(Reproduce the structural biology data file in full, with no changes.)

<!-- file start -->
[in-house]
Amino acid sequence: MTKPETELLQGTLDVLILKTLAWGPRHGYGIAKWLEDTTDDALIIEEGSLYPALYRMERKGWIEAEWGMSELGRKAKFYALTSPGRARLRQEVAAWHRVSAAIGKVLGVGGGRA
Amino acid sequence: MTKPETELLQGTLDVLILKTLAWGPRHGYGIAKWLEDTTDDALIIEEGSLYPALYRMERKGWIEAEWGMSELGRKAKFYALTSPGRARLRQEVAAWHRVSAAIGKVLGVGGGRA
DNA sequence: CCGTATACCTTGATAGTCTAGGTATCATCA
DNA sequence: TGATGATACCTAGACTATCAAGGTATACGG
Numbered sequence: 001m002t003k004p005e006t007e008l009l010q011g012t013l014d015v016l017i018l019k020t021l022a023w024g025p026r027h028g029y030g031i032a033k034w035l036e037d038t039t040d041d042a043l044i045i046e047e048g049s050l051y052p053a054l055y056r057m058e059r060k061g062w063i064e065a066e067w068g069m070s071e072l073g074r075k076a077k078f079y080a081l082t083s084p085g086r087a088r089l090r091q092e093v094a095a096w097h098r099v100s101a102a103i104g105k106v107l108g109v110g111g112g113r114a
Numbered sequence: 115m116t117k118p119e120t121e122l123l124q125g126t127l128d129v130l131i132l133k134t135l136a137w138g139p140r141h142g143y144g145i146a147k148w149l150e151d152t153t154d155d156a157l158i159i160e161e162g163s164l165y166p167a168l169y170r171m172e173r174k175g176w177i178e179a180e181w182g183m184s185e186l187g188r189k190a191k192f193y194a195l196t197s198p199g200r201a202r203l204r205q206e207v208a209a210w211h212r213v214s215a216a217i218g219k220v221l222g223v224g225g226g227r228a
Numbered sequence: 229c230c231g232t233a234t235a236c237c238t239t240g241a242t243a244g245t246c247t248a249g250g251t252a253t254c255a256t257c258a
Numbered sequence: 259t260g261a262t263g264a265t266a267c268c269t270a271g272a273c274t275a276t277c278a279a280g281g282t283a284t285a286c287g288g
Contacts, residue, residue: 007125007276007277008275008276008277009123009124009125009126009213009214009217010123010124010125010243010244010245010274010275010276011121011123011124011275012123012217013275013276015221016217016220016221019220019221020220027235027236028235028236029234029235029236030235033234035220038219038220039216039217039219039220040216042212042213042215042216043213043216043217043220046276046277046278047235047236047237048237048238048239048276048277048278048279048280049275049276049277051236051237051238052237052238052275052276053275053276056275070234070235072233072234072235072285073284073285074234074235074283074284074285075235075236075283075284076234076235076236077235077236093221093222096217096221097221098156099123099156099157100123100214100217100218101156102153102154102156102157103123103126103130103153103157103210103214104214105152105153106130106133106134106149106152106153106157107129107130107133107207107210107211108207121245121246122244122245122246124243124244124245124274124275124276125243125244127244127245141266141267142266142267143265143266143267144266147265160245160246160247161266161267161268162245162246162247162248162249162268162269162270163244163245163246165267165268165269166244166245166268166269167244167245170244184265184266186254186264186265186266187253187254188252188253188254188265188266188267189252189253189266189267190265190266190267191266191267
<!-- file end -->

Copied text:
[in-house]
Amino acid sequence: MTKPETELLQGTLDVLILKTLAWGPRHGYGIAKWLEDTTDDALIIEEGSLYPALYRMERKGWIEAEWGMSELGRKAKFYALTSPGRARLRQEVAAWHRVSAAIGKVLGVGGGRA
Amino acid sequence: MTKPETELLQGTLDVLILKTLAWGPRHGYGIAKWLEDTTDDALIIEEGSLYPALYRMERKGWIEAEWGMSELGRKAKFYALTSPGRARLRQEVAAWHRVSAAIGKVLGVGGGRA
DNA sequence: CCGTATACCTTGATAGTCTAGGTATCATCA
DNA sequence: TGATGATACCTAGACTATCAAGGTATACGG
Numbered sequence: 001m002t003k004p005e006t007e008l009l010q011g012t013l014d015v016l017i018l019k020t021l022a023w024g025p026r027h028g029y030g031i032a033k034w035l036e037d038t039t040d041d042a043l044i045i046e047e048g049s050l051y052p053a054l055y056r057m058e059r060k061g062w063i064e065a066e067w068g069m070s071e072l073g074r075k076a077k078f079y080a081l082t083s084p085g086r087a088r089l090r091q092e093v094a095a096w097h098r099v100s101a102a103i104g105k106v107l108g109v110g111g112g113r114a
Numbered sequence: 115m116t117k118p119e120t121e122l123l124q125g126t127l128d129v130l131i132l133k134t135l136a137w138g139p140r141h142g143y144g145i146a147k148w149l150e151d152t153t154d155d156a157l158i159i160e161e162g163s164l165y166p167a168l169y170r171m172e173r174k175g176w177i178e179a180e181w182g183m184s185e186l187g188r189k190a191k192f193y194a195l196t197s198p199g200r201a202r203l204r205q206e207v208a209a210w211h212r213v214s215a216a217i218g219k220v221l222g223v224g225g226g227r228a
Numbered sequence: 229c230c231g232t233a234t235a236c237c238t239t240g241a242t243a244g245t246c247t248a249g250g251t252a253t254c255a256t257c258a
Numbered sequence: 259t260g261a262t263g264a265t266a267c268c269t270a271g272a273c274t275a276t277c278a279a280g281g282t283a284t285a286c287g288g
Contacts, residue, residue: 007125007276007277008275008276008277009123009124009125009126009213009214009217010123010124010125010243010244010245010274010275010276011121011123011124011275012123012217013275013276015221016217016220016221019220019221020220027235027236028235028236029234029235029236030235033234035220038219038220039216039217039219039220040216042212042213042215042216043213043216043217043220046276046277046278047235047236047237048237048238048239048276048277048278048279048280049275049276049277051236051237051238052237052238052275052276053275053276056275070234070235072233072234072235072285073284073285074234074235074283074284074285075235075236075283075284076234076235076236077235077236093221093222096217096221097221098156099123099156099157100123100214100217100218101156102153102154102156102157103123103126103130103153103157103210103214104214105152105153106130106133106134106149106152106153106157107129107130107133107207107210107211108207121245121246122244122245122246124243124244124245124274124275124276125243125244127244127245141266141267142266142267143265143266143267144266147265160245160246160247161266161267161268162245162246162247162248162249162268162269162270163244163245163246165267165268165269166244166245166268166269167244167245170244184265184266186254186264186265186266187253187254188252188253188254188265188266188267189252189253189266189267190265190266190267191266191267